• WiseBites

Fruit at dinner?

Just add a little goat cheese if you can do dairy and a simple dressing of olive oil and fish squeezed lemon.

B​ig, beautiful, vibrantly colored salads are our familiy's specialty. They are pleasing to the eye and have our guests eager to taste from first sight. And then, they look more closely and discover that the vibrant colors are from fruit. Strawberries, and/or blueberries often grace our salads along with grated carrot, red onion, pumpkin and sunflower seeds and avocado don our beds of arugal and/or baby kale. We've even use persimmon, pommegranate and kiwi from time to time (seasonally). Looks of curioisity often overtake their inital looks of wonder. What started on a whim after seeing a steak salad with strawberries years ago, has become a "normalcy" in our home. If it's not blueberries and strawberries then it's oranges or pommelo over spinnach with much of the above included as well. I'm so glad we've made this our thing.

A​s a child my mom and grandparents prepared salads with tomatoes and cucumber, maybe zucchini or peas, onion, etc. over a bed of iceberg lettuce. The dressing was thousand island or ranch. And I needed a lot of dressing to eat my salad. I was never a fan of tomatoes or cucumbers. In fact I still don't love them. Well, I do enjoy Israeli salat (tomatoes, cucumbers with olive oil, salt pepper and lemon), but that is different. And, ok, I enjoy a nice plate of caprese salad. On a hot summers eve with fresh tomatoes and basil from the garden not much could be better. Or tomatoes on the avocado toast from my favorite Paleo restaurant, Primal Santa Cruz? Perfect. But in general a salad with tomatoes isn't my thing. To say that I hated salad as a child would not be an understatement. The combination of flavors and textures I didn't enjoy just made it difficult to eat.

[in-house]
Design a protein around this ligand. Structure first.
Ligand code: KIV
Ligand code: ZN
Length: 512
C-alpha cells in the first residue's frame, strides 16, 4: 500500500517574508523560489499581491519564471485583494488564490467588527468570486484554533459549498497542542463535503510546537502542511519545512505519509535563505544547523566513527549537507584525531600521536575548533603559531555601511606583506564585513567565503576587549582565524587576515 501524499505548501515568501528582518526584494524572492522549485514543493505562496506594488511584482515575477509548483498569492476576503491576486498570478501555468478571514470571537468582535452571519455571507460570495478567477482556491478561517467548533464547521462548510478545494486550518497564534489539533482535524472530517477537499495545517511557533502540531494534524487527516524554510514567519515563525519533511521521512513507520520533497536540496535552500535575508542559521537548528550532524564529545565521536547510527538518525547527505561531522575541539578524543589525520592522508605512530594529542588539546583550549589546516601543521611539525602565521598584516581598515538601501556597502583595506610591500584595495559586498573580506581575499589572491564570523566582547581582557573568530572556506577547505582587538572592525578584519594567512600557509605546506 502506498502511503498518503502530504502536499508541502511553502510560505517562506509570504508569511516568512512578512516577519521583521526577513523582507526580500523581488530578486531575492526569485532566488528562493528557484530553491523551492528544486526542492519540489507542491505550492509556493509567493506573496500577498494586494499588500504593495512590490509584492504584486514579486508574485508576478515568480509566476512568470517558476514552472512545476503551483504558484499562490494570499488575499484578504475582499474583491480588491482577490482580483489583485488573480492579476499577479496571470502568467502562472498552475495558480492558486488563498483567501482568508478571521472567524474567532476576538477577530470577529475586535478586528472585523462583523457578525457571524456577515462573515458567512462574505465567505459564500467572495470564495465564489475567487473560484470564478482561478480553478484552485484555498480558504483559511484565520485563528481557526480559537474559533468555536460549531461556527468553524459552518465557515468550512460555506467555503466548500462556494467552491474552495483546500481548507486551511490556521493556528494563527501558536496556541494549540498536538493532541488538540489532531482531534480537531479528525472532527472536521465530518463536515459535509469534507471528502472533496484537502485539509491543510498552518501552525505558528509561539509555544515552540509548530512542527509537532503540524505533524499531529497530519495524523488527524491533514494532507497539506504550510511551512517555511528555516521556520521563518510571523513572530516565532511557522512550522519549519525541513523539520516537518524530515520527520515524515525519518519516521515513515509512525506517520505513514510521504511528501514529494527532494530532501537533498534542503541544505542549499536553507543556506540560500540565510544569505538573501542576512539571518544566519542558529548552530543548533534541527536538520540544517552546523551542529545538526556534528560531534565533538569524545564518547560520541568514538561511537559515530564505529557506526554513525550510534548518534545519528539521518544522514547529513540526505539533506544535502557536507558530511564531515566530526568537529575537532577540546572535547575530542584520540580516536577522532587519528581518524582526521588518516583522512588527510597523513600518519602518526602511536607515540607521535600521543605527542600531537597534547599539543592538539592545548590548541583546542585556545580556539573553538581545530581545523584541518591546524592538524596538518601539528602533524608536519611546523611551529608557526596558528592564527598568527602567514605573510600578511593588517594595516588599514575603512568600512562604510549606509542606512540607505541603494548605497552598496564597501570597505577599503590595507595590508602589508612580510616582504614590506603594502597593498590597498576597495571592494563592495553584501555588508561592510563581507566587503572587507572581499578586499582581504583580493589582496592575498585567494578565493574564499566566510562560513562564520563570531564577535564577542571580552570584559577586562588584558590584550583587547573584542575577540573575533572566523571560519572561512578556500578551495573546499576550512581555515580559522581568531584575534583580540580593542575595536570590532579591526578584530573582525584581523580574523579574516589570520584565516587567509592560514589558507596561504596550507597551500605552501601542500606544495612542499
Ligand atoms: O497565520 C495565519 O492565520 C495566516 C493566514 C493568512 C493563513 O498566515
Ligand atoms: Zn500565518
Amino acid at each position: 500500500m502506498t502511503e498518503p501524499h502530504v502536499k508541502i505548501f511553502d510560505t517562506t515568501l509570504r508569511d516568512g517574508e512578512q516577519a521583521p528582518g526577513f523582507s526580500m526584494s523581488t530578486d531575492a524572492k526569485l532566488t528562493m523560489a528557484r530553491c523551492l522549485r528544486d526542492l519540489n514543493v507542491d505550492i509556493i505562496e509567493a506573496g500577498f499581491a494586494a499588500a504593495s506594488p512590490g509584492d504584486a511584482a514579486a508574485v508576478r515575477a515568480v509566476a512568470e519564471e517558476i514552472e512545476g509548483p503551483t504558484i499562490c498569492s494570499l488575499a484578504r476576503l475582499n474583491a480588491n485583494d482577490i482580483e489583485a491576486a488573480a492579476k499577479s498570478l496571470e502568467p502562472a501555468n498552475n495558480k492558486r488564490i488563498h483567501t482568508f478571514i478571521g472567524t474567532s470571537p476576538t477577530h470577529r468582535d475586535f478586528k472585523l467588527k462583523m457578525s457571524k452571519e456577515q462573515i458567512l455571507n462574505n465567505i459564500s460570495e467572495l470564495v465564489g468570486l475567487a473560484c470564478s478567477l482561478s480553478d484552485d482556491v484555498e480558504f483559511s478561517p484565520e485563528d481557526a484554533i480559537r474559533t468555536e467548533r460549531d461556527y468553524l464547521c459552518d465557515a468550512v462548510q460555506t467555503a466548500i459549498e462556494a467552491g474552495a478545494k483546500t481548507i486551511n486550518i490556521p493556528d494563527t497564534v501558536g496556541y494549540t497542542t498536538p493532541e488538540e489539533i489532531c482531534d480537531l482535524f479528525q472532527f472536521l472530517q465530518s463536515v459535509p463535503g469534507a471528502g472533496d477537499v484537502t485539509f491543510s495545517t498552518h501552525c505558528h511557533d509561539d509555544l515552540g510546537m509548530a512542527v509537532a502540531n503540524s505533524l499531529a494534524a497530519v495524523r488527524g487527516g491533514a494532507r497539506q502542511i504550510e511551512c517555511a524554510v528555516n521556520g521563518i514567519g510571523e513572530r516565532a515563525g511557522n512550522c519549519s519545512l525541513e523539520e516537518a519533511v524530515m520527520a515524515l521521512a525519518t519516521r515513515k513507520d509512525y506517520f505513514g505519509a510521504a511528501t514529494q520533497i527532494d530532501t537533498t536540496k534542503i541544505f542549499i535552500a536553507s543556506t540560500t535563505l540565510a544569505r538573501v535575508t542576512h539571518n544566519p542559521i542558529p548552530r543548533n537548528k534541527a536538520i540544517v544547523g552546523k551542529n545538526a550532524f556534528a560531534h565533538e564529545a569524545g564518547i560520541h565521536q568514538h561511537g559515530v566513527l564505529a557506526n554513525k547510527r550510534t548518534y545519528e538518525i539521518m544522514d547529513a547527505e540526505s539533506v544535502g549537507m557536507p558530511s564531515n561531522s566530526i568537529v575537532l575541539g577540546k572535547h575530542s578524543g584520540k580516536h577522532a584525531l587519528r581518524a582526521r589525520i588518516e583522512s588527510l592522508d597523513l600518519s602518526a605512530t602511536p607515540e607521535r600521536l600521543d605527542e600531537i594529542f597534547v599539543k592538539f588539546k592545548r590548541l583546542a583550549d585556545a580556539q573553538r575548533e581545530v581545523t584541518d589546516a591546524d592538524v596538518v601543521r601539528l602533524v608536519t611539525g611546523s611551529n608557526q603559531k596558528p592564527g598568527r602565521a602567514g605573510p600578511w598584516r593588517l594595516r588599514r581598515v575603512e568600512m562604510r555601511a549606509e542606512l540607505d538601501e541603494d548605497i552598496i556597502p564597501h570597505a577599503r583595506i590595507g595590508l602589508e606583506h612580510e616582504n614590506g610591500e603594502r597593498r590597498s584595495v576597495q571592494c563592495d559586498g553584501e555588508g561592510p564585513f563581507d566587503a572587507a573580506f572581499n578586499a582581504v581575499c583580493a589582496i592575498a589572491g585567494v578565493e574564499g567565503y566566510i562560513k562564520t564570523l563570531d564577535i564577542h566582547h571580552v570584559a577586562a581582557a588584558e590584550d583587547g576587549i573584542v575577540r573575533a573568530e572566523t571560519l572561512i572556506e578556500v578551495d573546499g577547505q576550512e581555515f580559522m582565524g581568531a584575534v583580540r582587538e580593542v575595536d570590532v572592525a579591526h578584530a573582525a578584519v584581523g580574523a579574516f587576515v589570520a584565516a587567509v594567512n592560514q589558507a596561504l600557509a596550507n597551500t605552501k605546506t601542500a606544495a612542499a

Now, I love salads. I could eat them 3 times a day which is a great thing. Fills me with good fiber, something which is sorely missing from most people's diets. But it's more than just fiber. It's also about the magnesium from the leafy greens we choose (arugala, kale, spinach). And magnesium, like zinc, is a mineral that most people are deficient in without knowing. Blame it on our diet or the quality of our food sources... either way, we just aren't getting enough of these crucial minerals.

I digress, though... back to the fruit on our dinner plate. Did you know that strawberries have more vitamin c than oranges. In fact... "A 3.5-ounce serving of fresh strawberries, or about five large berries, provides 32 calories and almost 59 milligrams of vitamin C, or 98 percent of the daily value. As such, ounce for ounce, strawberries are slightly higher in vitamin C — and lower in calories — than oranges. By weight, a serving of 10 large strawberries is roughly equal to one large orange. The serving of strawberries has 60 calories, almost 30 percent fewer than the orange, while providing almost 177 percent of the daily value for vitamin C, or 14 percent more than that found in the orange. The average pint of fresh strawberries contains about 350 percent of the daily value for vitamin C, according to the USDA." 1

"Blueberries are among the most nutrient-dense berries. A 1-cup (148-gram) serving of blueberries contains (1):

Fiber: 4 grams Vitamin C: 24% of the RDI Vitamin K: 36% of the RDI Manganese: 25% of the RDI" 2

Lets' not forget all about those ever important antioxidants that berries contain.

D​on't even get me started on the nutrients in nuts and seeds that can be added to salad. Pumpkin, sunflower, almond, pecan, walnut, just to name a few.

Y​ou're probably wondering how our guests feel about the salads once they've tasted one. Well, I'd say about 98% of our guests love our salads. There are always going to be some diehards that enjoy, lettuce, tomato and cucumber. There will also always be those that just can't fathom fruit at dinner. I say let there be fruit at dinner! My kids whole heartedly agree.

W​hat about you?



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